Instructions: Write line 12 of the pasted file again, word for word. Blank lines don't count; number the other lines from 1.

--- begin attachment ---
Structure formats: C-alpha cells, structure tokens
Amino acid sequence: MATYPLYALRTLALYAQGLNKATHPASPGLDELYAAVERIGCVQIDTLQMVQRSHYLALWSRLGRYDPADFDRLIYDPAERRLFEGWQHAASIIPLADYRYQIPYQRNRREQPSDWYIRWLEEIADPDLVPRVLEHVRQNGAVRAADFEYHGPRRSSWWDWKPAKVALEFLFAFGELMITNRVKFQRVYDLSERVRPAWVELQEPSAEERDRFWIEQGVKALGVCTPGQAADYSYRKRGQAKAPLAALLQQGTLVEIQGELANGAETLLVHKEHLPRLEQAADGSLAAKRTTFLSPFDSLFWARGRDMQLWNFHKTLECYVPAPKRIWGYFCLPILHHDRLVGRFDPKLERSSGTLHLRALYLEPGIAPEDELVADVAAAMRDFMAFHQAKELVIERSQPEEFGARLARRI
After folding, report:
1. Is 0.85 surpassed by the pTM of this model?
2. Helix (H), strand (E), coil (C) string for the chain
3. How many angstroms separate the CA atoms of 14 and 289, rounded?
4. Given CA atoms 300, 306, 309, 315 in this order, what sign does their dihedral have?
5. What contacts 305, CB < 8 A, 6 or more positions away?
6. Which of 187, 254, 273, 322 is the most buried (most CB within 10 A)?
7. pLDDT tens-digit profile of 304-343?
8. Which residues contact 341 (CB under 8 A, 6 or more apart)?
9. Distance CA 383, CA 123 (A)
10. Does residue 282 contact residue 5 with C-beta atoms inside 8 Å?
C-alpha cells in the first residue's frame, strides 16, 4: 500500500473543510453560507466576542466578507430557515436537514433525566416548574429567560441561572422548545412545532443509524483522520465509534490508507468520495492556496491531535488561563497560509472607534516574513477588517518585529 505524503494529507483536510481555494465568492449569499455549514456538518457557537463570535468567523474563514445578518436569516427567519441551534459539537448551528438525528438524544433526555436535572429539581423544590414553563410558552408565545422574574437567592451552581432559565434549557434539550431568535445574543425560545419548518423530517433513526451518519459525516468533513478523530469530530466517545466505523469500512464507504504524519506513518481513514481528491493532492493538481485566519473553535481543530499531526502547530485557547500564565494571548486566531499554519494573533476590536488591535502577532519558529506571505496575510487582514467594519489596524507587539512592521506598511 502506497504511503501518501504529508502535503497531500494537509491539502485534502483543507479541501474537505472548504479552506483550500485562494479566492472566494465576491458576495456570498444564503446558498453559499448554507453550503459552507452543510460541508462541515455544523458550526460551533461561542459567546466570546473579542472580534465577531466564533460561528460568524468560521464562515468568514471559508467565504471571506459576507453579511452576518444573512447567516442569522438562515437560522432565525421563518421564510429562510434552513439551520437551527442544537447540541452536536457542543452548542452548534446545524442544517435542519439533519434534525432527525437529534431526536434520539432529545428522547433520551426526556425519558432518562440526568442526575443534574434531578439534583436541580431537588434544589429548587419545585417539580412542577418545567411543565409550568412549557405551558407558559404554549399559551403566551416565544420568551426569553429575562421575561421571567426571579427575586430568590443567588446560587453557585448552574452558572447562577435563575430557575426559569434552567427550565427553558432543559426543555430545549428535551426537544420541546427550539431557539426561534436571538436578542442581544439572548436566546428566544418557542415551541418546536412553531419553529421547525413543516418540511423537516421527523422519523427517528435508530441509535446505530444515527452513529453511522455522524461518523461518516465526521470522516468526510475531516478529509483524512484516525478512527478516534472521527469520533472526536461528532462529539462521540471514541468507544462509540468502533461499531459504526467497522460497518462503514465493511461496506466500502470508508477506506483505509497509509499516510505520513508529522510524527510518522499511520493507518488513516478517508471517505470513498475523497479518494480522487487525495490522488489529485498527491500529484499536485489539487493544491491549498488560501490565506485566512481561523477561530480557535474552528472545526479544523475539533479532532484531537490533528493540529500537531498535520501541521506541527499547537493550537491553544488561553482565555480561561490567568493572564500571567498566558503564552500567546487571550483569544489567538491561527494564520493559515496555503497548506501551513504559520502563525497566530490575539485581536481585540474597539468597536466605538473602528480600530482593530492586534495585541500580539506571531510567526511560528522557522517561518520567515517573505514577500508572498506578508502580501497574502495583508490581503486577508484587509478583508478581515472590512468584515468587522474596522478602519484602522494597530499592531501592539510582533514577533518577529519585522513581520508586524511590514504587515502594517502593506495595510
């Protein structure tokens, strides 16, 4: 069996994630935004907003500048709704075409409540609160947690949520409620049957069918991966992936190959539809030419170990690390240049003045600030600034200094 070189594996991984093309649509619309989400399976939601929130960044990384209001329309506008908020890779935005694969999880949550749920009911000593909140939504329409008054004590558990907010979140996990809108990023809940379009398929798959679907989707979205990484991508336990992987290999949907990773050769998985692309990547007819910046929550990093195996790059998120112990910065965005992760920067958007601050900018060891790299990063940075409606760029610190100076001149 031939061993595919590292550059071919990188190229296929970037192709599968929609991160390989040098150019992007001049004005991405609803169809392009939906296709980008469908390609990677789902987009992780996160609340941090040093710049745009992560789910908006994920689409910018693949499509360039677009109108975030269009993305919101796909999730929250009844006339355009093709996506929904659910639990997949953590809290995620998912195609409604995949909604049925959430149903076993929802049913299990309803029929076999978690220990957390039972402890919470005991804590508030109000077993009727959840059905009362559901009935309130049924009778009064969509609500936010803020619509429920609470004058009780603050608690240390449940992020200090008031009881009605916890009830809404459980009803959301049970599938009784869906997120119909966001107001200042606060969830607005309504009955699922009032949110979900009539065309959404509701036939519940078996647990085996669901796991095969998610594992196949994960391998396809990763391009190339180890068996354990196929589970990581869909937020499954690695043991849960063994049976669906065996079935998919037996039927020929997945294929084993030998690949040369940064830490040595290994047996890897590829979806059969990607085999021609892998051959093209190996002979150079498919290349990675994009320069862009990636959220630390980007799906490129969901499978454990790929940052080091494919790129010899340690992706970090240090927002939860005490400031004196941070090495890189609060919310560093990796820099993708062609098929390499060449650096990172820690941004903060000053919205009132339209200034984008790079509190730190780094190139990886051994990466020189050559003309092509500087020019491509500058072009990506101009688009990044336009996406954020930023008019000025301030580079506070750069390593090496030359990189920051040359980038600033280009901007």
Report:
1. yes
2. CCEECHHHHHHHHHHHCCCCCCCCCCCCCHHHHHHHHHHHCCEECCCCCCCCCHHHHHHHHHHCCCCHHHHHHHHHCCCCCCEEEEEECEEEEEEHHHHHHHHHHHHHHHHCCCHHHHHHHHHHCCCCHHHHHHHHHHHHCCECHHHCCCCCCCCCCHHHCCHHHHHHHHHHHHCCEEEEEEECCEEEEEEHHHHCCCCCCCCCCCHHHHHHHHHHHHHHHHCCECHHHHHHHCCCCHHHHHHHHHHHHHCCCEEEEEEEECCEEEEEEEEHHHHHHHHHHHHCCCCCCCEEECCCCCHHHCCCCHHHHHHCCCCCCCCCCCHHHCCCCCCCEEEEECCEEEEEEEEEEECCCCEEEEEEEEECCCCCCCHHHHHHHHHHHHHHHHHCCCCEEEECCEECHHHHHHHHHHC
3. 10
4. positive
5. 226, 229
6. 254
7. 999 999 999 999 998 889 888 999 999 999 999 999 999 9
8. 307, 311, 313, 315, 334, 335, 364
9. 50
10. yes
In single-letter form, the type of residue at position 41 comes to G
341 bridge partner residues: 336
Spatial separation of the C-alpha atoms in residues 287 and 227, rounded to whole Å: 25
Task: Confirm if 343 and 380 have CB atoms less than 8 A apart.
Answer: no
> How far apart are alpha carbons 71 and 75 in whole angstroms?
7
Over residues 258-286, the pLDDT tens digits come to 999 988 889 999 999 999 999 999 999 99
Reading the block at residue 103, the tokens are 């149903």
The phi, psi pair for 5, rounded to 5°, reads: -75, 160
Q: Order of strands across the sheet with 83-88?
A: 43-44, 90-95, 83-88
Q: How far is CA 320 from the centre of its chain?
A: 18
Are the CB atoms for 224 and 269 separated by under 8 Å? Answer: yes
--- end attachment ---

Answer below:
9. Distance CA 383, CA 123 (A)